I am slightly sad that I could not win my last series for Pakistan. But we did try our best.
When did you start playing cricket?
I started playing cricket in 1982, when I was 12 years old. I had been admitted in blind school and the seniors there used to play cricket. I also wanted to, but initially they would not let me play. They said I was just a kid and would get hurt. At that time we used to play the game with an iron ball. But I was really insistent and I convinced one of the seniors, a friend of mine, to let me play. We used to play on cement wickets those days, really fast, and everyone used to wear blindfolds, so there would be no differentiation between B1, B2 and B3.We played that form of the game till 1994 or 1995. when the present form of the game came up. We immediately took to this new form of the game with the new ball. We were the runners-up in the 1998 World Cup.
Last year the Pakistani mainstream team lost to the visiting Indians, whereas you won. How did that feel?
They lost at home, we won at home. After that the public supported us more, told them that we were better, but yes we felt bad that they lost. As a patriot you feel bad whenever your country loses.
Do you follow the mainstream cricket team and their games? How does that affect your game?
Of course we follow the game. And we listen to the techniques and skills which the commentators manage to convey. But following mainstream cricket definitely benefits the B2, B3 players.
Apart from the matches, how has this tour been?
Apart from the matches it has been a very good tour. People have taken good care of us, been very hospitable. We have had good facilities. The grounds have been slightly below international standards, but there is also positive thinking beyond that. We have been playing in school and college grounds, but that is because they wanted more students and young people to come and watch the matches. In Pakistan, however, blind cricket matches are played at international venues like the Gaddafi stadium.
Has blind cricket helped in raising the status of blind people in Pakistan?
Without a doubt. Blind cricket has done more for the cause of blind people in the last few years than what the government and its expenditure had done in the 50 years before that. You must remember that this is the first series we have lost. Before this we had won the World Cup. We are the world champions and that made people in Pakistan sit up and take notice. They realised that blind people could be sportsmen, be well educated and have jobs. And that we are not dependent on anybody. Before this, the general attitude was that a blind person would be associated with religion, that he would memorise the Quran, or become a mendicant. Now people think differently of us. And I constantly tell my team mates – tell people about your achievements, not about the problems you face. Then they give you respect.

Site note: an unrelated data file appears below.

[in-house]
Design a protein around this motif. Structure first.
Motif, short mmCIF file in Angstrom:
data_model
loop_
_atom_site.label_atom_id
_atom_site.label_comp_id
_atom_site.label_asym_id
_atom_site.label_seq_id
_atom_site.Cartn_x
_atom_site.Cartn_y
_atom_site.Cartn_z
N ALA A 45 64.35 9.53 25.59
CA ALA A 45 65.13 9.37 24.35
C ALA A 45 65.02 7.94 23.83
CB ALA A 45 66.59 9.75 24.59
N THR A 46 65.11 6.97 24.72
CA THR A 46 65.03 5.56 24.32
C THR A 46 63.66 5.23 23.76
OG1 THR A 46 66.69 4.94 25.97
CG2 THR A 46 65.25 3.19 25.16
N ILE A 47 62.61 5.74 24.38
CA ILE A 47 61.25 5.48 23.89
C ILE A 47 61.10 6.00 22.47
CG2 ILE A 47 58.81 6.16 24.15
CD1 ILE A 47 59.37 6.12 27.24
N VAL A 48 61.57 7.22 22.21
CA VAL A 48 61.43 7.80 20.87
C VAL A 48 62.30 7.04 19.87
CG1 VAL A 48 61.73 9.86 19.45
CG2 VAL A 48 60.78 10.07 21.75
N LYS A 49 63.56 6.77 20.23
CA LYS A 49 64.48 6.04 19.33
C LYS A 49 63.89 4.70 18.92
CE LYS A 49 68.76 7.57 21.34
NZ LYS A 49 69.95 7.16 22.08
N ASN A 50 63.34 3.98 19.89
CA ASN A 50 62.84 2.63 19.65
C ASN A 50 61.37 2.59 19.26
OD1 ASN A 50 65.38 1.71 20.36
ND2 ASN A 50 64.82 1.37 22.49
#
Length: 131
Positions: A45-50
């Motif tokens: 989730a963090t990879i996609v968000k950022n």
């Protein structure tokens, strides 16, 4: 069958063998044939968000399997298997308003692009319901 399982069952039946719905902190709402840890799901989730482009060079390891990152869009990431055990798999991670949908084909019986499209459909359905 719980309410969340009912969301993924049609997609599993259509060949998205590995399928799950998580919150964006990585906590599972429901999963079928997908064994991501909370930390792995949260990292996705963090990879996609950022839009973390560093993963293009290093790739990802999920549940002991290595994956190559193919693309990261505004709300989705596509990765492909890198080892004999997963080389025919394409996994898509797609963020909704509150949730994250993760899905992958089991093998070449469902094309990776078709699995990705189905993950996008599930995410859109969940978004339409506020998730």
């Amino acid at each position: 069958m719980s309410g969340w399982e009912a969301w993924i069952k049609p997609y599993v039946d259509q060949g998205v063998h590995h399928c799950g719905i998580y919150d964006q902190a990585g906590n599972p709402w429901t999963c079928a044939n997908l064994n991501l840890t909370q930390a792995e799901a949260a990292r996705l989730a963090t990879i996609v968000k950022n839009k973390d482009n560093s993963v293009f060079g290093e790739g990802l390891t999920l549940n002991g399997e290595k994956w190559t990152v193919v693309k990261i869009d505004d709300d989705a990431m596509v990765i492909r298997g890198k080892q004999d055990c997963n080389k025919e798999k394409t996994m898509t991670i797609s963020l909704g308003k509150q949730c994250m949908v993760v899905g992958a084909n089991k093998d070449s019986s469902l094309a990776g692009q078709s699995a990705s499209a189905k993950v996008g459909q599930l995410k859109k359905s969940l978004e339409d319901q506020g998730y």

So is blind cricket more popular in Pakistan? Do more people come to watch than in India?
Yes, a lot more people than this come even in the big stadiums. For the last series with India, there were lots of people in Rawalpindi and Lahore, but strangely less people in Karachi. But Shiekhupura was amazing. There were so many spectators, and they were making so much noise that we could not hear the ball!
Do you think this is going to improve ties between the two countries?
The ties are already improving politically, but let me just say that the blind community has no borders and no sense of discrimination, whether it be people from Australia, Pakistan or India. And blind cricket just makes that clearer.
What is your favourite memory from your cricketing career?
My favourite memory is the test match we played against South Africa in November 2000, the one and only blind cricket test match. We needed to draw the game, so we had to score really fast. So for two or three overs I really started hitting the ball. I would come down the pitch and hit it. I was so confident that the South Africans started complaining – he can see the ball! He is not B1 (totally sightless) but B2! (If a B1, or a totally sightless, player makes a run, it counts as two runs.) I took 3-4 wickets in that match as well, so that is definitely my most favourite memory.
Note: (B1) means a totally blind player; (B2) implies a partially blind player with up to 20% of normal vision; and a (B3) player is a partially sighted player with up to 40% of normal vision.